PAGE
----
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Domelovo’s Case: I thought we were going to lose it – Martin Kpebu



Martin Kpebu

Domelovo’s Case: I thought we were going to lose it – Martin Kpebu

The lawyer representing the Nine Civil Society Organizations (CSOs) who brought the case before the Supreme Court to interpret and enforce the 1992 Constitution in relation to Former Auditor General, Mr. Daniel Yaw Domelovo, has admitted that he was concerned about losing the case.

In a recent ruling, the Supreme Court declared that President Nana Addo Dankwa Akufo-Addo violated the 1992 Constitution when he instructed the Former Auditor-General, Daniel Yaw Domelevo, to go on leave in 2020.

The seven-member panel of the highest court, in a unanimous decision, concluded that it was unconstitutional for the President to appoint an acting Auditor-General while Mr. Domelevo was still in office.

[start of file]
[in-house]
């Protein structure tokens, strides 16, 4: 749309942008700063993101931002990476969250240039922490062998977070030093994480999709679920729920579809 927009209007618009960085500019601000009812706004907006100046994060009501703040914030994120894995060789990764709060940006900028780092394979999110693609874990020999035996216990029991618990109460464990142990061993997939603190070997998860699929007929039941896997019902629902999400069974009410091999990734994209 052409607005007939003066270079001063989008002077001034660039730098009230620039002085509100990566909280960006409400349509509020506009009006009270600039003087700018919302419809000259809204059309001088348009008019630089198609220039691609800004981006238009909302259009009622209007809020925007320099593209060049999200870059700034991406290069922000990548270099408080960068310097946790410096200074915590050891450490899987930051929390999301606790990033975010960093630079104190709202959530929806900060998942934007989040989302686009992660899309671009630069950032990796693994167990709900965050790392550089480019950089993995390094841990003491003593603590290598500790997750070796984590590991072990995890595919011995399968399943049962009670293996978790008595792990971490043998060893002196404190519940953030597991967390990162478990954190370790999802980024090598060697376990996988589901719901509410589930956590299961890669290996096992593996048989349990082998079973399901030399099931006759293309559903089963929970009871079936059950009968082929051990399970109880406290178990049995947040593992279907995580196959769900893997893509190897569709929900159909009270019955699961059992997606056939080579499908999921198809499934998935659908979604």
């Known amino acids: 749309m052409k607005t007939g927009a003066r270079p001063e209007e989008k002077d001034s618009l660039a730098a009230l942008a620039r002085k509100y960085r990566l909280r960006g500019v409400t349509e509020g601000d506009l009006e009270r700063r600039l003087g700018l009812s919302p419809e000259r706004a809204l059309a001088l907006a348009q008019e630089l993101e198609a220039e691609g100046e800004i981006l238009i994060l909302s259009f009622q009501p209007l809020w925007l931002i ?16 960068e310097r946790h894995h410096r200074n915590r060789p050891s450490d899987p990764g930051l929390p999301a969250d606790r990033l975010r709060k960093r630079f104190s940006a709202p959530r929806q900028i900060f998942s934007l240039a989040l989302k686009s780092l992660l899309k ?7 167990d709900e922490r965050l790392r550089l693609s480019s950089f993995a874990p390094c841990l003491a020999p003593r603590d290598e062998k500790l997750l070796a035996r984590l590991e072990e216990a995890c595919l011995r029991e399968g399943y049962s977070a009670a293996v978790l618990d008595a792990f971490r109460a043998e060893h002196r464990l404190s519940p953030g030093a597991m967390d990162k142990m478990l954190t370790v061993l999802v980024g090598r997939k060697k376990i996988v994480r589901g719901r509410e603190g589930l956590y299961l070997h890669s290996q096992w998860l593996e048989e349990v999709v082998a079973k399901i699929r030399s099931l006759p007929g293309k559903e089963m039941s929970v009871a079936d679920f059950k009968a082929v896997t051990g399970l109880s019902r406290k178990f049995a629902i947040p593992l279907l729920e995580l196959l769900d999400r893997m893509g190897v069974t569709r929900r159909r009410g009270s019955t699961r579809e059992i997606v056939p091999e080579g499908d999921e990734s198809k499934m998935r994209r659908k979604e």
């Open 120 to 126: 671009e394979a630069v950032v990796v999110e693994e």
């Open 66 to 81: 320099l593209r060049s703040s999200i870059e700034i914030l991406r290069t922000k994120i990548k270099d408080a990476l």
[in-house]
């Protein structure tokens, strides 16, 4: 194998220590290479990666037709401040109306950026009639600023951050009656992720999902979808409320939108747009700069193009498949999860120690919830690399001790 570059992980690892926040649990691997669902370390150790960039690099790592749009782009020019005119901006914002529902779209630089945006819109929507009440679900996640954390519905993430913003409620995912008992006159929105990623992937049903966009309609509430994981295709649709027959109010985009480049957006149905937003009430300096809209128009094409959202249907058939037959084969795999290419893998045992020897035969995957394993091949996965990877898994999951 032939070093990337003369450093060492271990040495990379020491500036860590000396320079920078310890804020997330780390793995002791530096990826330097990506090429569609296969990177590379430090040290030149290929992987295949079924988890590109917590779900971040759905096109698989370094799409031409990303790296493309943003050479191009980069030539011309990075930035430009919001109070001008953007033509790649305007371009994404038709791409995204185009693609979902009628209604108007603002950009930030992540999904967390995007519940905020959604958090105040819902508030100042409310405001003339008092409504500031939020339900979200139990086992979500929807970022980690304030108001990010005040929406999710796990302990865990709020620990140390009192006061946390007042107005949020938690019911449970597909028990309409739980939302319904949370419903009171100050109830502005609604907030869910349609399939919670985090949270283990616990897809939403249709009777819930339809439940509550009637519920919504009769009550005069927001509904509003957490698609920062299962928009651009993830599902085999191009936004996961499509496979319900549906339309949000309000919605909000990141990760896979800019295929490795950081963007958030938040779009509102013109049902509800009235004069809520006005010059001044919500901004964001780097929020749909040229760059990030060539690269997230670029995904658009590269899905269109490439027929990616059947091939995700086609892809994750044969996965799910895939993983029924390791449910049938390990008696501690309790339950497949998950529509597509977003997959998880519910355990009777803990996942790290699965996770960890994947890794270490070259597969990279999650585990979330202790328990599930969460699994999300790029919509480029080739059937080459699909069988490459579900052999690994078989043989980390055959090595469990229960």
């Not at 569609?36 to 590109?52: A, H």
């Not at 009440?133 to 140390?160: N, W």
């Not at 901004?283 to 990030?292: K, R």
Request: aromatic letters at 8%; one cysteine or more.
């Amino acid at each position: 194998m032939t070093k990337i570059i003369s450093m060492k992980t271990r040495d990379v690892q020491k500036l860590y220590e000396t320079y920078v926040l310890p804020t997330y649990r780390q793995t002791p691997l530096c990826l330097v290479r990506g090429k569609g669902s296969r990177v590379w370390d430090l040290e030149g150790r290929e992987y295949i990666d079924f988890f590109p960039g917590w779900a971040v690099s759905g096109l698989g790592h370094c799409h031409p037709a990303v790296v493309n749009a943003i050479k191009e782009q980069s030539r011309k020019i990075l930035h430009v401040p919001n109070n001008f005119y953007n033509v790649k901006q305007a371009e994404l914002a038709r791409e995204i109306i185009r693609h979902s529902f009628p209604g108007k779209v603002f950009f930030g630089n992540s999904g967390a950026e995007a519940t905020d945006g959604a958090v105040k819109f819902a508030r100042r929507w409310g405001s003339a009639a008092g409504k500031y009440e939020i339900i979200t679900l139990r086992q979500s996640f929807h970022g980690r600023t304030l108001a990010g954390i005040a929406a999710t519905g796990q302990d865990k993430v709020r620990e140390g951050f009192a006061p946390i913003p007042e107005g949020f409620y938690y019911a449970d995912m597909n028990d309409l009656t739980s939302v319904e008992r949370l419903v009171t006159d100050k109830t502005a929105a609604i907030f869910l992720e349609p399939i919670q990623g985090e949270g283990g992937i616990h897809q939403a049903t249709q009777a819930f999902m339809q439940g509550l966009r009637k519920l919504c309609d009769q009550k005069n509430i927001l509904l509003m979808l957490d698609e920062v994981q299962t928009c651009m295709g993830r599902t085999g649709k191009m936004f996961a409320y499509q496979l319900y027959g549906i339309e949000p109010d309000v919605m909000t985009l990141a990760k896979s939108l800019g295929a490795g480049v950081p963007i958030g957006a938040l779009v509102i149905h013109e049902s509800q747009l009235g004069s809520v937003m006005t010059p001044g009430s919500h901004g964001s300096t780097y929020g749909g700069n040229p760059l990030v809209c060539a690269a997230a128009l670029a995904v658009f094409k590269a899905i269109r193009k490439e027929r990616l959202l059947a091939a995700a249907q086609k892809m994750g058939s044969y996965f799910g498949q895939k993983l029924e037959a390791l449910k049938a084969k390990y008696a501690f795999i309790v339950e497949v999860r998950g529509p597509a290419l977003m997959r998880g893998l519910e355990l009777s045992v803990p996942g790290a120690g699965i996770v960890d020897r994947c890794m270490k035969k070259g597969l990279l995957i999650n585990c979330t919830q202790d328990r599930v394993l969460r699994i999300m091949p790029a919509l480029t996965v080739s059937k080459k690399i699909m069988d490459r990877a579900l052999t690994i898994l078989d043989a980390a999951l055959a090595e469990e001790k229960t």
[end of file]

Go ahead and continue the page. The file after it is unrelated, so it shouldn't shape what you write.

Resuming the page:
“We declare the President’s directive to appoint an acting Auditor-General, without the substantive Auditor-General retiring or being removed from office in accordance with Article 146 of the 1992 Constitution, as unconstitutional, null and void,” the court announced.


Following the ruling, the lead counsel for the CSOs, Mr. Martin Kpebu, expressed his gratitude to the Supreme Court, as he had feared losing the case at one point. He emphasized the seriousness of the case, involving the President, and stressed that it was not a matter to be taken lightly.

“We are extremely grateful to the Supreme Court because this was a very challenging case. To be honest, there was a point where I was afraid we might lose. This case directly opposed the President, so we couldn’t afford to be careless,” Mr. Martin Kpebu stated in an interview with TV3.

The CSOs that filed the lawsuit against the Attorney General regarding the President’s directives included the Centre for Democratic Development (CDD-Ghana), Ghana Integrity Initiative (GII), Citizen Movement Ghana, Africa Center for Energy Policy (ACEP), and Parliamentary Network Africa.

The case was presided over by Justices Nene Amegatcher, Prof Ashie Kotey, Mariama Owusu, Lovelace Johnson, Gertrude Torkonoo, Prof Henrietta Mensah Bonsu, and Emmanuel Kulendi.

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